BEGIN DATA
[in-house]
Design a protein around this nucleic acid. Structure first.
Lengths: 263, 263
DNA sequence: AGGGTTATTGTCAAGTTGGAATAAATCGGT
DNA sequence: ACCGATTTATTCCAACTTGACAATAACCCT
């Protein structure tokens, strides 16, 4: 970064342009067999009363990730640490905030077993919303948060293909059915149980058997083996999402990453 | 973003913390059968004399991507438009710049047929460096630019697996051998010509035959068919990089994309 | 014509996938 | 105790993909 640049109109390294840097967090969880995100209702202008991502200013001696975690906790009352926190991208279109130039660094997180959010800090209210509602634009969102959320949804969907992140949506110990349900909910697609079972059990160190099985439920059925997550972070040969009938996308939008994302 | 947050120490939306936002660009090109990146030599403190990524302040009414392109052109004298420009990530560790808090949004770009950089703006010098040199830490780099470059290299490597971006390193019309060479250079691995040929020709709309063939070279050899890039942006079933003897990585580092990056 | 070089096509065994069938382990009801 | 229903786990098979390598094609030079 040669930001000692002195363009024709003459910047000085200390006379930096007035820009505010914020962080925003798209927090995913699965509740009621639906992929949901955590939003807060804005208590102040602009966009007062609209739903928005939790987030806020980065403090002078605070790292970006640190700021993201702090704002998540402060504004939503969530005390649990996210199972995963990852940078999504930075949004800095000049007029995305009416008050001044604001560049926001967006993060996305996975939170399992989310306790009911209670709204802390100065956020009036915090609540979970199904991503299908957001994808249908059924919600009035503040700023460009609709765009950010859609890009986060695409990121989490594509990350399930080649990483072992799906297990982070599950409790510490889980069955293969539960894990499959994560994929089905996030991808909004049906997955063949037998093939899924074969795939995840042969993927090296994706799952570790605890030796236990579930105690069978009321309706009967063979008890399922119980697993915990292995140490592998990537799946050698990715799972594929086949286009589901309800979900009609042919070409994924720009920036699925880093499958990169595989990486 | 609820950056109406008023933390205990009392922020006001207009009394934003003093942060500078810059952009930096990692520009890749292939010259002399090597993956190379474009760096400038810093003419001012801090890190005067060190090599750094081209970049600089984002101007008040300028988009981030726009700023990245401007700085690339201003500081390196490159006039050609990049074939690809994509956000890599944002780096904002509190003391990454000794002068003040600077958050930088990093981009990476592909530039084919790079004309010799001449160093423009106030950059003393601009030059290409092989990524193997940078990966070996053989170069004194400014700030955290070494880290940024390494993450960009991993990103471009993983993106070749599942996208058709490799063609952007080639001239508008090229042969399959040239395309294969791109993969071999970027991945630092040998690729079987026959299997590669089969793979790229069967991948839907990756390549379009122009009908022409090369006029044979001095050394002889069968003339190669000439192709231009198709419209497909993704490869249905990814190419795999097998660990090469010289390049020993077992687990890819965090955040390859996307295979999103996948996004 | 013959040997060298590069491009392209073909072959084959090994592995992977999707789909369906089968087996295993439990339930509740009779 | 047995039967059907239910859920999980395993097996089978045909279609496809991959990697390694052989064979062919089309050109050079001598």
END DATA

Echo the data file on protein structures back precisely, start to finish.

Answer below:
[in-house]
Design a protein around this nucleic acid. Structure first.
Lengths: 263, 263
DNA sequence: AGGGTTATTGTCAAGTTGGAATAAATCGGT
DNA sequence: ACCGATTTATTCCAACTTGACAATAACCCT
């Protein structure tokens, strides 16, 4: 970064342009067999009363990730640490905030077993919303948060293909059915149980058997083996999402990453 | 973003913390059968004399991507438009710049047929460096630019697996051998010509035959068919990089994309 | 014509996938 | 105790993909 640049109109390294840097967090969880995100209702202008991502200013001696975690906790009352926190991208279109130039660094997180959010800090209210509602634009969102959320949804969907992140949506110990349900909910697609079972059990160190099985439920059925997550972070040969009938996308939008994302 | 947050120490939306936002660009090109990146030599403190990524302040009414392109052109004298420009990530560790808090949004770009950089703006010098040199830490780099470059290299490597971006390193019309060479250079691995040929020709709309063939070279050899890039942006079933003897990585580092990056 | 070089096509065994069938382990009801 | 229903786990098979390598094609030079 040669930001000692002195363009024709003459910047000085200390006379930096007035820009505010914020962080925003798209927090995913699965509740009621639906992929949901955590939003807060804005208590102040602009966009007062609209739903928005939790987030806020980065403090002078605070790292970006640190700021993201702090704002998540402060504004939503969530005390649990996210199972995963990852940078999504930075949004800095000049007029995305009416008050001044604001560049926001967006993060996305996975939170399992989310306790009911209670709204802390100065956020009036915090609540979970199904991503299908957001994808249908059924919600009035503040700023460009609709765009950010859609890009986060695409990121989490594509990350399930080649990483072992799906297990982070599950409790510490889980069955293969539960894990499959994560994929089905996030991808909004049906997955063949037998093939899924074969795939995840042969993927090296994706799952570790605890030796236990579930105690069978009321309706009967063979008890399922119980697993915990292995140490592998990537799946050698990715799972594929086949286009589901309800979900009609042919070409994924720009920036699925880093499958990169595989990486 | 609820950056109406008023933390205990009392922020006001207009009394934003003093942060500078810059952009930096990692520009890749292939010259002399090597993956190379474009760096400038810093003419001012801090890190005067060190090599750094081209970049600089984002101007008040300028988009981030726009700023990245401007700085690339201003500081390196490159006039050609990049074939690809994509956000890599944002780096904002509190003391990454000794002068003040600077958050930088990093981009990476592909530039084919790079004309010799001449160093423009106030950059003393601009030059290409092989990524193997940078990966070996053989170069004194400014700030955290070494880290940024390494993450960009991993990103471009993983993106070749599942996208058709490799063609952007080639001239508008090229042969399959040239395309294969791109993969071999970027991945630092040998690729079987026959299997590669089969793979790229069967991948839907990756390549379009122009009908022409090369006029044979001095050394002889069968003339190669000439192709231009198709419209497909993704490869249905990814190419795999097998660990090469010289390049020993077992687990890819965090955040390859996307295979999103996948996004 | 013959040997060298590069491009392209073909072959084959090994592995992977999707789909369906089968087996295993439990339930509740009779 | 047995039967059907239910859920999980395993097996089978045909279609496809991959990697390694052989064979062919089309050109050079001598």